You can do this by setting the JGROUPS_PING_PROTOCOL environment variable to kubernetes.KUBE_PING:

    JGROUPS_PING_PROTOCOL=kubernetes.KUBE_PING
  2. The KUBERNETES_NAMESPACE environment variable must be set to your OpenShift project name. If not set, the server behaves as a single-node cluster (a "cluster of one"). For example:

    KUBERNETES_NAMESPACE=PROJECT_NAME
  3. The KUBERNETES_LABELS environment variable should be set. This should match the label set at the service level. If not set, pods outside of your application (albeit in your namespace) will try to join. For example:

    KUBERNETES_LABELS=application=APP_NAME
  4. Authorization must be granted to the service account the pod is running under to be allowed to access Kubernetes' REST API. This is done using the OpenShift CLI. The following example uses the default service account in the current project’s namespace:

    oc policy add-role-to-user view system:serviceaccount:$(oc project -q):default -n $(oc project -q)

    Using the eap-service-account in the project namespace:

    oc policy add-role-to-user view system:serviceaccount:$(oc project -q):eap-service-account -n $(oc project -q)
    Note

    See Prepare OpenShift for Application Deployment for more information on adding policies to service accounts.

8.7.1.2. Configuring DNS_PING

To use the DNS_PING JGroups discovery mechanism:

  1. The JGroups protocol stack must be configured to use DNS_PING as the discovery mechanism.

    You can do this by setting the JGROUPS_PING_PROTOCOL environment variable to openshift.DNS_PING:

    JGROUPS_PING_PROTOCOL=openshift.DNS_PING
  2. The OPENSHIFT_DNS_PING_SERVICE_NAME environment variable must be set to the name of the ping service for the cluster. If not set, the server will act as if it is a single-node cluster (a "cluster of one").

    OPENSHIFT_DNS_PING_SERVICE_NAME=PING_SERVICE_NAME
  3. The OPENSHIFT_DNS_PING_SERVICE_PORT environment variable should be set to the port number on which the ping service is exposed. The DNS_PING protocol attempts to discern the port from the SRV records, otherwise it defaults to 8888.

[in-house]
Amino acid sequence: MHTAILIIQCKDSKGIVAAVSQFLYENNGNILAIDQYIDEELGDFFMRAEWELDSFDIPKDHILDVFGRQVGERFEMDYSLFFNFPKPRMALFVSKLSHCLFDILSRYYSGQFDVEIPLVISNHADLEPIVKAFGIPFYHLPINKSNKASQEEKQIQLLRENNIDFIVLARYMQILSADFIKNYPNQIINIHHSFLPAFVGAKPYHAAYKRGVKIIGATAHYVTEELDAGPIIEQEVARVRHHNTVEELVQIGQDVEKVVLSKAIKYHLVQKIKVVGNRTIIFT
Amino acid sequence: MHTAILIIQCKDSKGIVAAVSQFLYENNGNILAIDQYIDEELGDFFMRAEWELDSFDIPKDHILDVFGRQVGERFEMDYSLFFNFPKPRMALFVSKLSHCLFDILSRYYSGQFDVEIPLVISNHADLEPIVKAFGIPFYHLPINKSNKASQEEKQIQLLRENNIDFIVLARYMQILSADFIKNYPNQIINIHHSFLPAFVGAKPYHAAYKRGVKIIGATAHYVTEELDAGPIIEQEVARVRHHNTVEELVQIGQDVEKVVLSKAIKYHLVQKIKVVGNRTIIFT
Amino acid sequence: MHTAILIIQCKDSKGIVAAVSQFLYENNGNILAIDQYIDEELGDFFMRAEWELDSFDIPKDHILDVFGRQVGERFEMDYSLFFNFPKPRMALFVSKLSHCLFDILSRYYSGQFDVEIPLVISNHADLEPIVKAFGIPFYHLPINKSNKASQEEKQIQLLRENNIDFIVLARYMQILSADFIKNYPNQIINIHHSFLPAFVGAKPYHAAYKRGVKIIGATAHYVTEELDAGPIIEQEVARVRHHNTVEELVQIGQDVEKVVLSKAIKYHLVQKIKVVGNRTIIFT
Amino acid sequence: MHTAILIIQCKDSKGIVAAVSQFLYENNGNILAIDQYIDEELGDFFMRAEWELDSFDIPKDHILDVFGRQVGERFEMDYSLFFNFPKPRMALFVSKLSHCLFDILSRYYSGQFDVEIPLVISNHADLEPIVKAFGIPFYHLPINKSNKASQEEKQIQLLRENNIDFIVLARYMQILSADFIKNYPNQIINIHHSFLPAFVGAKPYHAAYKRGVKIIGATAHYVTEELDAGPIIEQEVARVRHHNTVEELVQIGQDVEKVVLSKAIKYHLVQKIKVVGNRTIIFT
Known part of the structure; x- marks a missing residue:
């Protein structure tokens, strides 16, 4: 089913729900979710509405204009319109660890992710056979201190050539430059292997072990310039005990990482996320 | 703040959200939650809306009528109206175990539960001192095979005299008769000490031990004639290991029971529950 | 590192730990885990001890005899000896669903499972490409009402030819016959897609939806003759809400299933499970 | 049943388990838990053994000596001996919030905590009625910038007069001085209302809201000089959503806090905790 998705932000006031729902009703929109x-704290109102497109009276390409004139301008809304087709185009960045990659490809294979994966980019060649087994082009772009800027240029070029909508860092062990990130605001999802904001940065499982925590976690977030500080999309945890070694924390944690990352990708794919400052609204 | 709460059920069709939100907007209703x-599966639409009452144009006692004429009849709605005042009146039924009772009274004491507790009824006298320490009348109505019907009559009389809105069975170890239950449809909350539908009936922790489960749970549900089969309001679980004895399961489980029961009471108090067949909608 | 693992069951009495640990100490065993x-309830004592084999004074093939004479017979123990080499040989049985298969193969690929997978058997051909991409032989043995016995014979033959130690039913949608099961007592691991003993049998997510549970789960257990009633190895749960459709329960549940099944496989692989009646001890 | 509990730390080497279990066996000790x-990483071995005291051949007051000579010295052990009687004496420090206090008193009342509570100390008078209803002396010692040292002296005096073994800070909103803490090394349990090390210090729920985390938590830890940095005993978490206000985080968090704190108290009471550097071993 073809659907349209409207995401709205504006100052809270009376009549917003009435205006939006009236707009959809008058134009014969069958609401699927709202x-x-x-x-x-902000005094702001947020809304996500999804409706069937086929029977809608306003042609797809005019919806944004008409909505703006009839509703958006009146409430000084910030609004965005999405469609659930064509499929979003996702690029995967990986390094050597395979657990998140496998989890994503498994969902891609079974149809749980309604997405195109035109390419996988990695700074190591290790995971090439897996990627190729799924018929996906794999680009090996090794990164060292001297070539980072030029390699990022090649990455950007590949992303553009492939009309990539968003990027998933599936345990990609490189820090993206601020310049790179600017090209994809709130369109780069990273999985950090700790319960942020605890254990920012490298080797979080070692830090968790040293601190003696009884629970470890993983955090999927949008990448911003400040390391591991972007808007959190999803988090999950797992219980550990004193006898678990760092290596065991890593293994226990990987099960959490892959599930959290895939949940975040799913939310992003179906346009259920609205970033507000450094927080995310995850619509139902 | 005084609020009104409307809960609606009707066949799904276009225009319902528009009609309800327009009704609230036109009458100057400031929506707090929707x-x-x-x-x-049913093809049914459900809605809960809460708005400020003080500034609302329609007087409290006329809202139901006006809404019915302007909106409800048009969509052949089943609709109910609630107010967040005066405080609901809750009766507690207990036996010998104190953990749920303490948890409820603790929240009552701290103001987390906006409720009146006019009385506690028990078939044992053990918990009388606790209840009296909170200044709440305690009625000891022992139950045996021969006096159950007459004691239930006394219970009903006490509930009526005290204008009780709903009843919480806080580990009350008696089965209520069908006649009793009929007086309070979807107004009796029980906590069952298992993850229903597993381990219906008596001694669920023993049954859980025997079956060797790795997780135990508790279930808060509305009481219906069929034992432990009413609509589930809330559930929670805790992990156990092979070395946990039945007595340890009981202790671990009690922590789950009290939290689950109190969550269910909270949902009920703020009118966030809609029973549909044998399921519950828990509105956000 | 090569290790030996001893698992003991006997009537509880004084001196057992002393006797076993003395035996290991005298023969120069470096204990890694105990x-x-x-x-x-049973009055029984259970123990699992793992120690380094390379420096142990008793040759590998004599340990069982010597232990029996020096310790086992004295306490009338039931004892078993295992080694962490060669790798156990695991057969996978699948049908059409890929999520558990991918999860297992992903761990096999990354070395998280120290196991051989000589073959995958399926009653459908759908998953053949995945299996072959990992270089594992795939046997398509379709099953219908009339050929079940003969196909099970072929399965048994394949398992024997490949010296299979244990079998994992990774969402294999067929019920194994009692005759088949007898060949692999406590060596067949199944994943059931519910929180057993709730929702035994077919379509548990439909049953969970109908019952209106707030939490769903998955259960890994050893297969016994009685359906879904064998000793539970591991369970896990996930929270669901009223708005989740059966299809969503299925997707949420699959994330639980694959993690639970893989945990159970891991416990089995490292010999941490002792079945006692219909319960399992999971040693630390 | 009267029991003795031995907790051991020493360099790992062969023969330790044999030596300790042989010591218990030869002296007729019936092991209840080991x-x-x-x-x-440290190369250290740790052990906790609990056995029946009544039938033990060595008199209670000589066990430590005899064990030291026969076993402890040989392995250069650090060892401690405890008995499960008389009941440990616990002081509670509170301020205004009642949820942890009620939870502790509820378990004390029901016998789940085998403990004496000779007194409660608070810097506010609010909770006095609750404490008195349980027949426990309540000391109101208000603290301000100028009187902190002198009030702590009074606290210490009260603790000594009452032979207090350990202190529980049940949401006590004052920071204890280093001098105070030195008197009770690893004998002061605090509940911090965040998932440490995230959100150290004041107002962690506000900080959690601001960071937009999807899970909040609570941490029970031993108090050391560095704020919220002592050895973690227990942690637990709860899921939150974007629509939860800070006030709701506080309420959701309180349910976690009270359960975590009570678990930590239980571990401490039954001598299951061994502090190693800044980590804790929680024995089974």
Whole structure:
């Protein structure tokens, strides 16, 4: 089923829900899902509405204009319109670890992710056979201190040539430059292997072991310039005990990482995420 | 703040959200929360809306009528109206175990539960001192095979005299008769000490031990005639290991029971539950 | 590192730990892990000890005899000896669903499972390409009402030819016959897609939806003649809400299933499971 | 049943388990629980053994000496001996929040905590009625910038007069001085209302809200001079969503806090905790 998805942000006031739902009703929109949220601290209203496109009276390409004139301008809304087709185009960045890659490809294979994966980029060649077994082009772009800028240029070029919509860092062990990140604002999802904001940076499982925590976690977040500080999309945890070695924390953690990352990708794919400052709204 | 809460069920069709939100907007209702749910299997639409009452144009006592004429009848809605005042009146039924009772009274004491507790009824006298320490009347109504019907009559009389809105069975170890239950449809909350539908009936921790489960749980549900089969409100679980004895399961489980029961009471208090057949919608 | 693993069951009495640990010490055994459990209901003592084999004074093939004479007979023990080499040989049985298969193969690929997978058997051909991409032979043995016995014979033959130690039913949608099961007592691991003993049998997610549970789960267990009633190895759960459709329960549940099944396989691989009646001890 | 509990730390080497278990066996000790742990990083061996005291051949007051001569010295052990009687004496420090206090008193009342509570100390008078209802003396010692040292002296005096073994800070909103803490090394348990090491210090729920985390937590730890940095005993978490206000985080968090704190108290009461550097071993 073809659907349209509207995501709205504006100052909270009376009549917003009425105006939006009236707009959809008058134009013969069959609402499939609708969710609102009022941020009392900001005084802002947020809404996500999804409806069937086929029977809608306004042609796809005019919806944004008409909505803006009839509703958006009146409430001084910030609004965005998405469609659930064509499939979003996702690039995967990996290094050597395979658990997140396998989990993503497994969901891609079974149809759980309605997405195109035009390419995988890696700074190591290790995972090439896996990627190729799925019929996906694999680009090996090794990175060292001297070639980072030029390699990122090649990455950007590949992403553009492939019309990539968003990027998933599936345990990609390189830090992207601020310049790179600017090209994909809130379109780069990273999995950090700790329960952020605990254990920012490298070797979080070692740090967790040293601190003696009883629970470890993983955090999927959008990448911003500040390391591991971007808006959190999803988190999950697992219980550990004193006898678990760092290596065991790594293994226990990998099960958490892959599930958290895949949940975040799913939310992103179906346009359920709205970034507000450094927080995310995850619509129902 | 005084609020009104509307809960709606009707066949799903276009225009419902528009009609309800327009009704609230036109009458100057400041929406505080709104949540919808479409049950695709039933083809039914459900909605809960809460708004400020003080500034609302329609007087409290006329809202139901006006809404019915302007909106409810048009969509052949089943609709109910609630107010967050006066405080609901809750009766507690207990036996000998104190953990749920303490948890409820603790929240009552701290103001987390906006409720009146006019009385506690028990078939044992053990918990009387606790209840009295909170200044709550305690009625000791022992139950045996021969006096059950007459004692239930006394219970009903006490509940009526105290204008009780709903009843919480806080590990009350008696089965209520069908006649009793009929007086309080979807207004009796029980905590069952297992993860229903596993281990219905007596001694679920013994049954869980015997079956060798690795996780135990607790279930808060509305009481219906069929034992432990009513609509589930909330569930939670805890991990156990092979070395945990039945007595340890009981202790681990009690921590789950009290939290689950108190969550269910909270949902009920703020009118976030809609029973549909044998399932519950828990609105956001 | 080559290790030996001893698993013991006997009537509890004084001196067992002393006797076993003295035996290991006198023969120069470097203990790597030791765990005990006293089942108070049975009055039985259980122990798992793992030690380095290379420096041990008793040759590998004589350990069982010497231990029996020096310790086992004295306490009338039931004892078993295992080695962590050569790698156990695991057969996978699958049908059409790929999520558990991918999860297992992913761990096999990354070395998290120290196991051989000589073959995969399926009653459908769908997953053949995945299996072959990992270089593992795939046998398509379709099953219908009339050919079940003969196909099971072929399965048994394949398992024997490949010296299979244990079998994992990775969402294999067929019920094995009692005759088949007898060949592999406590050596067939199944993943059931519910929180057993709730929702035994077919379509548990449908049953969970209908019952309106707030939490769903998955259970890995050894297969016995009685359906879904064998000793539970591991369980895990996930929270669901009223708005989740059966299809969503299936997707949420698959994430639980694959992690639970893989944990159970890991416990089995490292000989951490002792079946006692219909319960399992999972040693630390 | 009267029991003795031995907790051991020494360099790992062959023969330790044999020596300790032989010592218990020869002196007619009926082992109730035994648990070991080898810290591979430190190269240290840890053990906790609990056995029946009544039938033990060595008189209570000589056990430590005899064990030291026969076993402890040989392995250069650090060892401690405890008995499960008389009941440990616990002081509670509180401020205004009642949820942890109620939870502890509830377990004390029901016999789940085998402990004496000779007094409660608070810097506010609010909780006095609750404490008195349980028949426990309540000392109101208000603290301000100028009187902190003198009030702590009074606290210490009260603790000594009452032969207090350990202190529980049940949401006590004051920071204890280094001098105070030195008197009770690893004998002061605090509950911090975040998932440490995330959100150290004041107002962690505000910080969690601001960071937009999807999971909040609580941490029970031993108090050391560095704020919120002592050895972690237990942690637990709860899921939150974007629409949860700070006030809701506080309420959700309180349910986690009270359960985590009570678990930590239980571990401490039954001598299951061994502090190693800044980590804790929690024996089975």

OPENSHIFT_DNS_PING_SERVICE_PORT=PING_PORT
  4. A ping service which exposes the ping port must be defined. This service should be headless (ClusterIP=None) and must have the following:

    1. The port must be named.
    2. The service must be annotated with service.alpha.kubernetes.io/tolerate-unready-endpoints set to "true".

      Note

      Omitting this annotation will result in each node forming their own "cluster of one" during startup, then merging their cluster into the other nodes' clusters after startup, as the other nodes are not detected until after they have started.

      kind: Service
      apiVersion: v1
      spec:
          clusterIP: None
          ports:
          - name: ping
            port: 8888
          selector:
              deploymentConfig: eap-app
      metadata:
          name: eap-app-ping
          annotations:
              service.alpha.kubernetes.io/tolerate-unready-endpoints: "true"
              description: "The JGroups ping port for clustering."
Note

DNS_PING does not require any modifications to the service account and works using the default permissions.

8.7.2. Configuring JGroups to Encrypt Cluster Traffic

To encrypt cluster traffic for JBoss EAP on OpenShift, you must configure the JGroups protocol stack in your JBoss EAP configuration to use either the SYM_ENCRYPT or ASYM_ENCRYPT protocol.

Although you can use a custom standalone-openshift.xml configuration file, it is recommended that you use environment variables to configure JGroups in your image build.

The instructions below use environment variables to configure the protocol for cluster traffic encryption for the JBoss EAP for OpenShift image.

Important

The SYM_ENCRYPT and ASYM_ENCRYPT protocols are not compatible with each other. It is not possible to form a supercluster out of two independent child clusters, with one using the SYM_ENCRYPT protocol for the encryption of cluster traffic and the other using the ASYM_ENCRYPT protocol. Similarly, when performing a rolling upgrade, the protocol needs to be identical for both the source and the target clusters.

8.7.2.1. Configuring SYM_ENCRYPT

To use the SYM_ENCRYPT protocol to encrypt JGroups cluster traffic:

  1. The JGroups protocol stack must be configured to use SYM_ENCRYPT as the encryption protocol.

    You can do this by setting the JGROUPS_ENCRYPT_PROTOCOL environment variable to SYM_ENCRYPT:

    JGROUPS_ENCRYPT_PROTOCOL=SYM_ENCRYPT